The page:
The curious case of an incurious press on Dan Coats

Democrats have attempted to create a narrative for Dan Coats’ return to electoral politics as an eeeeeeeevil lobbyist looking to pervert government by representing eeeeeeeeeevil corporations.  That argument may have less impact now that the Obama White House has its issues with a former Google lobbyist coordinating PR with his former employer, but that hasn’t stopped Indiana Democrats from running with the lobbyist meme.  It also hasn’t prompted the national media to do rudimentary checking before publishing accusations.  Consider this story from the Washington Post’s Dan Eggen from February, and the list of clients Eggen attributes to Coats:

The former senator has had scores of corporate lobbying clients over the years, including health-care firms (Amgen, United Health Group, the Pharmaceutical Research and Manufacturers of America), bailout recipients (Bank of America, Goldman Sachs, Merrill Lynch) and communications companies (BellSouth, Sprint Nextel, Verizon). Another past client is Cerberus Capital Management, where Dan Quayle — whose seat Coats took over in the Senate — is a top executive.

The problem appears to be that all of the clients of Verner Lipfert and King & Spalding got listed in Senate disclosure forms as clients of every individual lobbyist, which was a coding error by the Senate.  Coats didn’t lobby on behalf of Goldman Sachs, Merrill Lynch, United Health Group, Verizon/Bell Atlantic, or BellSouth, among others.  That work, as explained by Coats in a statement released by his campaign, was performed by other lobbyists at the firms.  The PDF includes copies of the lobbying disclosure forms filed with the Senate.

Indiana’s Democratic Party website helped continue the inaccuracies:

His first job after leaving Congress was for the Washington, DC lobbying firm of Verner, Lipfert, Bernhard McPherson and Hand where his clients included Merill Lynch, Goldman Sachs and Freddie Mac. Later, he became Co-Chair of the lobbying division of King & Spalding where his clients included Bank of America, Cerberus Capital Management and Harvest Natural Resources, a Houston-based energy company partly owned by the socialist state of Venezuela.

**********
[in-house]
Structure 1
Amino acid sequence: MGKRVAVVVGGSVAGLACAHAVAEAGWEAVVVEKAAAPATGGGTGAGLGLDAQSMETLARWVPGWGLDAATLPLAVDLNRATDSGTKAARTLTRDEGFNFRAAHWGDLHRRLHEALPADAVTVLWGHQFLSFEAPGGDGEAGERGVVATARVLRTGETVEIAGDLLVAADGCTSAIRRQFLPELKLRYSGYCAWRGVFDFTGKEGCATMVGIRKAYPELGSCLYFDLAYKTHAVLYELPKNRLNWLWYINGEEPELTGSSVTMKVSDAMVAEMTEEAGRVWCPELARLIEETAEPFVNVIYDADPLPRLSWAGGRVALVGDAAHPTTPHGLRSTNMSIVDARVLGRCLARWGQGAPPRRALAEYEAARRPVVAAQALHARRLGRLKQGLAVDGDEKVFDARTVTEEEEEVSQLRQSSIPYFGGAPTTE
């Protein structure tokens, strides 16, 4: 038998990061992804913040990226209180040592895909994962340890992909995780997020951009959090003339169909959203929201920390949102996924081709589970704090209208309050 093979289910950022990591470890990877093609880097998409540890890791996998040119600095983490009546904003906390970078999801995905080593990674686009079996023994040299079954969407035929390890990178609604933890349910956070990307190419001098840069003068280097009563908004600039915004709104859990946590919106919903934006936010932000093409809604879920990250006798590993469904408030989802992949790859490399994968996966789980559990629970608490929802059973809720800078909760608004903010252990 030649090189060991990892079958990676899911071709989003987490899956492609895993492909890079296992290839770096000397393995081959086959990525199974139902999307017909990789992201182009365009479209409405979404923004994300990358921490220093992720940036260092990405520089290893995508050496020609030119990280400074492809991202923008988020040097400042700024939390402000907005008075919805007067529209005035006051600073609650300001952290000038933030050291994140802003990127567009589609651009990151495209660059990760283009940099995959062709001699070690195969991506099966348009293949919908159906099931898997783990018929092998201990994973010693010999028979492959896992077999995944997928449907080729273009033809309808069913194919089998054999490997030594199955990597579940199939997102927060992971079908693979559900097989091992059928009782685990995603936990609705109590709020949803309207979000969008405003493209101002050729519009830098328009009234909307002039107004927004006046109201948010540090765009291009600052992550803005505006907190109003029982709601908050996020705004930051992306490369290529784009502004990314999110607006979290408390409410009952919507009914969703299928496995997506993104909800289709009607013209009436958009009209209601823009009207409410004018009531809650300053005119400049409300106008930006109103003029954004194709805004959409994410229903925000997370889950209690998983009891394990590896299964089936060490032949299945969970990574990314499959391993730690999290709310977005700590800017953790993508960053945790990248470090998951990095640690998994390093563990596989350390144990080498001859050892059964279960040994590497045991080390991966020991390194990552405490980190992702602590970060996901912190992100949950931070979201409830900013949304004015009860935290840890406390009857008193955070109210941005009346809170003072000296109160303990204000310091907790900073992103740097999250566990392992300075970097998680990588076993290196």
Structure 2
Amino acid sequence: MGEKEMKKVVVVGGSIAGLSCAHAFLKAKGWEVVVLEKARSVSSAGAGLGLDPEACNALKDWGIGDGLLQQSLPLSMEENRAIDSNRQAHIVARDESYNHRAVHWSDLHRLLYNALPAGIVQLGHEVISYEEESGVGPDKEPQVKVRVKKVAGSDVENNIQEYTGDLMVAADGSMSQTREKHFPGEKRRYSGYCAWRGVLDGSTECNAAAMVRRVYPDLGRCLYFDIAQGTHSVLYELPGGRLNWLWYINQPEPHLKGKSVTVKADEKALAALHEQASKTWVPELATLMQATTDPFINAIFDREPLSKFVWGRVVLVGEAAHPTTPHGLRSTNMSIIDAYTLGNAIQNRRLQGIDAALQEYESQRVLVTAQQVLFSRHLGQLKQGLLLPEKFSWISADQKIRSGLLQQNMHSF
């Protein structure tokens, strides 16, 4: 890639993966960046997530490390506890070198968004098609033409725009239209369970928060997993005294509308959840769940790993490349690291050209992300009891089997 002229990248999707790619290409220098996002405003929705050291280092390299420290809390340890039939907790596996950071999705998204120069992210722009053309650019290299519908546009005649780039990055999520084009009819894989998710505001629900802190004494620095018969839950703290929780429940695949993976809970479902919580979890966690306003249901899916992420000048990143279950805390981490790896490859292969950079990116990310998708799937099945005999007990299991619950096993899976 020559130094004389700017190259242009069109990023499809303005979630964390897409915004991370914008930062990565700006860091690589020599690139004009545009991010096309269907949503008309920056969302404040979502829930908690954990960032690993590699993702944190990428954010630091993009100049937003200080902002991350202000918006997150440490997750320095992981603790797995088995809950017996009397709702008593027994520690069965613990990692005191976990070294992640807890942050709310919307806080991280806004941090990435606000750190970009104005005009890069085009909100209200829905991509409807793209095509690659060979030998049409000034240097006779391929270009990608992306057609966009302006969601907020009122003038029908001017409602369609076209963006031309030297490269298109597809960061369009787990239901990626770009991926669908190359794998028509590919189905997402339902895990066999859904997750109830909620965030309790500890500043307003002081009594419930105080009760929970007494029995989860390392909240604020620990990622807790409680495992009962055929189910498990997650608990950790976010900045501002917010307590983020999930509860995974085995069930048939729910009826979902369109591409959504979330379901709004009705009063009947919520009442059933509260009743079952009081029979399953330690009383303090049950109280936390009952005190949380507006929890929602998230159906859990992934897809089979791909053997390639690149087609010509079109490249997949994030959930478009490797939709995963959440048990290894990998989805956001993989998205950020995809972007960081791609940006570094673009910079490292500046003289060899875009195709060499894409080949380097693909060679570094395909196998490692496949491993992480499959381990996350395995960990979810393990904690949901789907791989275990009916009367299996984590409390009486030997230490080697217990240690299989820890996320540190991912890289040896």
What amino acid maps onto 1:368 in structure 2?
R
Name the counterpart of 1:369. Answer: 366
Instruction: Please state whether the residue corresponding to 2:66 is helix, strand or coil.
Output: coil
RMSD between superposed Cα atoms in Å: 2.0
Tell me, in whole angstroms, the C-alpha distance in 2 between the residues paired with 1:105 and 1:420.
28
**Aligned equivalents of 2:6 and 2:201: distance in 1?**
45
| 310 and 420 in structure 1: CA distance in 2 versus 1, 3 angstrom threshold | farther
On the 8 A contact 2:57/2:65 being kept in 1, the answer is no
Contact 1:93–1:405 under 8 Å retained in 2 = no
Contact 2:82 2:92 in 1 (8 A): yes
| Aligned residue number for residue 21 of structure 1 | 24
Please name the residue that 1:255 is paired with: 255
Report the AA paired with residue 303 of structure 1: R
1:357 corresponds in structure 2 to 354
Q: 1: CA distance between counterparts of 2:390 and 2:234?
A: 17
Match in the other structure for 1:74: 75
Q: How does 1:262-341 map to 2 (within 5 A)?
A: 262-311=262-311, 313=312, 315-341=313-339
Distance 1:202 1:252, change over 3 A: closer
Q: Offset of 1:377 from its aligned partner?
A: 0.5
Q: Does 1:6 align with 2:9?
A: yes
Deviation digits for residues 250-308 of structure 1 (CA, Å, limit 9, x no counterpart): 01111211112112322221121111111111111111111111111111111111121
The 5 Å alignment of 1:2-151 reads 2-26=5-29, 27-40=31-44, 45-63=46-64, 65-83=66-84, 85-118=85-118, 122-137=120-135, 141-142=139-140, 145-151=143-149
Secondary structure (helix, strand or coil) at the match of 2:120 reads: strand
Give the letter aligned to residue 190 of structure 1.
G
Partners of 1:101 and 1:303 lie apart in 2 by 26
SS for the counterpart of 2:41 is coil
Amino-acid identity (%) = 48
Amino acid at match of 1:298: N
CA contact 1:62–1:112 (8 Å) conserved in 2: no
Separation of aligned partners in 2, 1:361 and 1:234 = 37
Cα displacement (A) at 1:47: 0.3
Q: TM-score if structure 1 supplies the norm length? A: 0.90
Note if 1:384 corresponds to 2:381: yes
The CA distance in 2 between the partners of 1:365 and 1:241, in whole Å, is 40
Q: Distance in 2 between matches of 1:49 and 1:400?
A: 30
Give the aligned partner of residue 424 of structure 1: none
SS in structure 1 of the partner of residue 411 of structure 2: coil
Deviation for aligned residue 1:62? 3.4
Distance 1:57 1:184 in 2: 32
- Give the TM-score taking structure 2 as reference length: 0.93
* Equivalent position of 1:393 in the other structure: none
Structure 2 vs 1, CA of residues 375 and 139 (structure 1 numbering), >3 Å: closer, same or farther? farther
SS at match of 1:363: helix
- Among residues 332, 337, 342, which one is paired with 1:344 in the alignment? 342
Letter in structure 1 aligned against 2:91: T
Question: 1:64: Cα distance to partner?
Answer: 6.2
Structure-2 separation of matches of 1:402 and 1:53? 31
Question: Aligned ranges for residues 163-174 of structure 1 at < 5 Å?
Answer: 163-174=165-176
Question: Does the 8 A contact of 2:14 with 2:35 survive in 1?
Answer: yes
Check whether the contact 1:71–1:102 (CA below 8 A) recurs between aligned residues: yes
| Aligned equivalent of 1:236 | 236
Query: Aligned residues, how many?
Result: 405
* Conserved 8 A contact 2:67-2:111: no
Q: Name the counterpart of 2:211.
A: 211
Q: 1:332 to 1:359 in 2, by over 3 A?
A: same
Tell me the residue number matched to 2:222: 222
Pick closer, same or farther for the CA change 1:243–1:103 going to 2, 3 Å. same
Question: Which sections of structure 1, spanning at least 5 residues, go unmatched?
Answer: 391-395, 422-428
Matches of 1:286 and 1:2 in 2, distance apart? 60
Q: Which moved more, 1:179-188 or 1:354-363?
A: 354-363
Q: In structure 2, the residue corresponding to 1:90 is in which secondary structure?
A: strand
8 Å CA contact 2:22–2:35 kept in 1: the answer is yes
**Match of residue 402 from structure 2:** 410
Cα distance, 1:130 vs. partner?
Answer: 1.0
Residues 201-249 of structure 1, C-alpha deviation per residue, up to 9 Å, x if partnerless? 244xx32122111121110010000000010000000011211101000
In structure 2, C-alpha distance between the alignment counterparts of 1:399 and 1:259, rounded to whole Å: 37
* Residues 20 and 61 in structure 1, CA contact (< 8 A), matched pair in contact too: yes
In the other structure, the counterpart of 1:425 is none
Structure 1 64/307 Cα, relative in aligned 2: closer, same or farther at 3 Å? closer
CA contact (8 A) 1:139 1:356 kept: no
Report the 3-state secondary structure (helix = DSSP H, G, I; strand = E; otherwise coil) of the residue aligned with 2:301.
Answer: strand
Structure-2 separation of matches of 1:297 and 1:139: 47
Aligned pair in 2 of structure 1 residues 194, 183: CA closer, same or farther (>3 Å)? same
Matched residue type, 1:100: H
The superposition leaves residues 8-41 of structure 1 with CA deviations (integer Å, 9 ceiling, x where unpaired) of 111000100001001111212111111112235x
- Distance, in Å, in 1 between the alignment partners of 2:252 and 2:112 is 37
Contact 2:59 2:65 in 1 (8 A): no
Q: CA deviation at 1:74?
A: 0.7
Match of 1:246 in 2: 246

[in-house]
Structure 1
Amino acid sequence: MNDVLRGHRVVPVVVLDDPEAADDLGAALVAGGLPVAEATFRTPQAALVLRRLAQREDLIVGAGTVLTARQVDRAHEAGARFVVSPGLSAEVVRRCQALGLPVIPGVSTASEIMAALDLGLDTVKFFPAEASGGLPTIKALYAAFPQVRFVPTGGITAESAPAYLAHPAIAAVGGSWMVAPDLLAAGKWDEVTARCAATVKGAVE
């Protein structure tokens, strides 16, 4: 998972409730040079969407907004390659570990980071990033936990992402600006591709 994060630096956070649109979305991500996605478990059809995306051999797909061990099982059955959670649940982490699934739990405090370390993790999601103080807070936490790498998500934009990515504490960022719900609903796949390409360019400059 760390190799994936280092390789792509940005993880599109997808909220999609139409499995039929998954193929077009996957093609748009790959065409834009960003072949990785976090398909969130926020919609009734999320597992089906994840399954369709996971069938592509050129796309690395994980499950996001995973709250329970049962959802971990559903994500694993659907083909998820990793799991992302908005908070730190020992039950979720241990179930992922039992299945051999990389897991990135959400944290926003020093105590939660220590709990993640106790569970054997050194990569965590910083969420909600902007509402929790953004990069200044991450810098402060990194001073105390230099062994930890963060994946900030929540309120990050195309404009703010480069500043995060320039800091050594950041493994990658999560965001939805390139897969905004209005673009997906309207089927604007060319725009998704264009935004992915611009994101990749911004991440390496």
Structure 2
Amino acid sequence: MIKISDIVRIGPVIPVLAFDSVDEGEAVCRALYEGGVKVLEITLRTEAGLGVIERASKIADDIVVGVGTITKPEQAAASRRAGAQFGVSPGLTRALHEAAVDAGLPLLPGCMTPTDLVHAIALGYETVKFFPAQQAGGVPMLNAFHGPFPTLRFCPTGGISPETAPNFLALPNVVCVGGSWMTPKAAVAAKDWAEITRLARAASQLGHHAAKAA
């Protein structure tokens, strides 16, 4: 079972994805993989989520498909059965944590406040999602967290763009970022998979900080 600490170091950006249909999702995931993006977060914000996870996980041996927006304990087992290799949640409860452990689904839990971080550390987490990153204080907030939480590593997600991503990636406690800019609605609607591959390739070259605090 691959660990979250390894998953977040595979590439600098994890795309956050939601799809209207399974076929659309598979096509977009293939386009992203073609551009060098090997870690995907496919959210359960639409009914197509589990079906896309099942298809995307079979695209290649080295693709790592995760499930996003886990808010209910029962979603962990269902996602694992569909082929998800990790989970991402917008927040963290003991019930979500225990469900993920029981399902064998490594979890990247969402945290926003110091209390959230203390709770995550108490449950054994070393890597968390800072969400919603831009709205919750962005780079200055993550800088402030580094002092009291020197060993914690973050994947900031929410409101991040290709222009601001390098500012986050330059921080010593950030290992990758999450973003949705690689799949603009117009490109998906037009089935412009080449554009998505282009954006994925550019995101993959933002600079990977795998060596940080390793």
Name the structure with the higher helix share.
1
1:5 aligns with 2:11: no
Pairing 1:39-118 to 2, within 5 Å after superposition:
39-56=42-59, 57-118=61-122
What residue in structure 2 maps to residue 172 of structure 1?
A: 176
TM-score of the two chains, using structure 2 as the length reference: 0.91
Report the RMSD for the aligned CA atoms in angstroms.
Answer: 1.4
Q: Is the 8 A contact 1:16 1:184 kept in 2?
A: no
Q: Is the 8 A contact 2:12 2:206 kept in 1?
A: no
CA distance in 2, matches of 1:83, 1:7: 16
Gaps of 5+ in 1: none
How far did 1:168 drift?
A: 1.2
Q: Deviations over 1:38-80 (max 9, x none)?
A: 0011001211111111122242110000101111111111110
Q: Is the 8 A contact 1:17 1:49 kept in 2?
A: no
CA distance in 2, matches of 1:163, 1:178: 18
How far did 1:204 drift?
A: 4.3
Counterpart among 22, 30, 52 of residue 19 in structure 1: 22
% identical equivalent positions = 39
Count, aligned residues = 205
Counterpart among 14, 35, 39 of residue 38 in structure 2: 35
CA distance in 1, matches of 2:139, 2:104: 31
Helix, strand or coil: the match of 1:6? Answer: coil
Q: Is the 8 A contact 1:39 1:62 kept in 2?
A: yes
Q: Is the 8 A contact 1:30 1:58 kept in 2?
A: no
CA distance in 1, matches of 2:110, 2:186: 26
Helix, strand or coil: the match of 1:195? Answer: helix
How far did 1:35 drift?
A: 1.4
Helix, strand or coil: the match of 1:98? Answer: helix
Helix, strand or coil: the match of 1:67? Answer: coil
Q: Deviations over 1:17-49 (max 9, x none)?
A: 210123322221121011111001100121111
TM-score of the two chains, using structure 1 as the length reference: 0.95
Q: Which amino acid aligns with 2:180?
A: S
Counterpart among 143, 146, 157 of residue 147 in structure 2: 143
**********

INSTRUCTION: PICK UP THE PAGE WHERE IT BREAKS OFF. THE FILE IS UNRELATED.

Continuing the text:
Last weekend, the Indianapolis Star finally did the job that the Post should have done from the beginning, which was to get the actual clients Coats represented:

Five months after entering the race to win back his old seat in the U.S. Senate, Republican Dan Coats for the first time detailed his lobbying activities, insisting he did no work for any client that now is an embarrassment.

No work for Venezuelan dictator Hugo Chavez. No lobbying for terrorist-haven Yemen. Nothing to help Wall Street bailout recipient Goldman Sachs. No work for BP, the oil company responsible for the disastrous oil spill in the gulf.

Instead, in an exclusive interview with The Indianapolis Star, Coats identified 36 clients he worked for at the two Washington lobbying firms that employed him after he left the Senate in 1998.

And what about Harvest Natural Resources, the firm “partly owned by the socialist state of Venezuela”?

The list includes Harvest Natural Resources, the Texas oil company Coats said was fighting a takeover by Chavez. …

In some cases, Coats said, his work involved directly calling members of Congress — including the calls he made to Sen. Richard Lugar and . Rep. Dan Burton asking them to meet with Harvest company officials as they tried to fend off Chavez’s demands. Those two calls, he said, are the total work he did on that case.

It doesn’t sound as if Coats was exactly getting into bed with Chavez, a distinction that doesn’t appear on the Democratic Party website nor in Eggen’s piece.  Also missing from Eggen’s article: any hint that he sought to ask Coats or his team about the lobbying clients that Eggen reported.  Eggen reported that Coats represented Bombardier, for instance, when Bombardier was actually represented by John Zentay, as the disclosure records show (page 16).

As far as the eeeeeeeeeevil lobbyist meme goes, it’s basically effluvium anyway, even if Coats’ Democratic opponent wasn’t getting into bed with lobbyists for his own run.  But since Democrats want to make it an issue, then perhaps they can explain why Brad Ellsworth has already taken over $25,000 from lobbyists in this cycle.  At the same time, Ellsworth and the Democrats may want to explain why two Jack Abramaoff lieutenants, Eddie Ayoob and Mike Smith, staged a fundraiser for Ellsworth back in March.

Object lesson: if the media wants to dig, then actually dig, instead of just taking the PR output of the campaigns as gospel.  There may be some issues with clients for which Coats will have to answer, but he’s not exactly hiding these connections, and no one seems to be asking Ellsworth many questions about his own associations.  It may take longer to get the full, nuanced truth, but that’s supposed to be their job.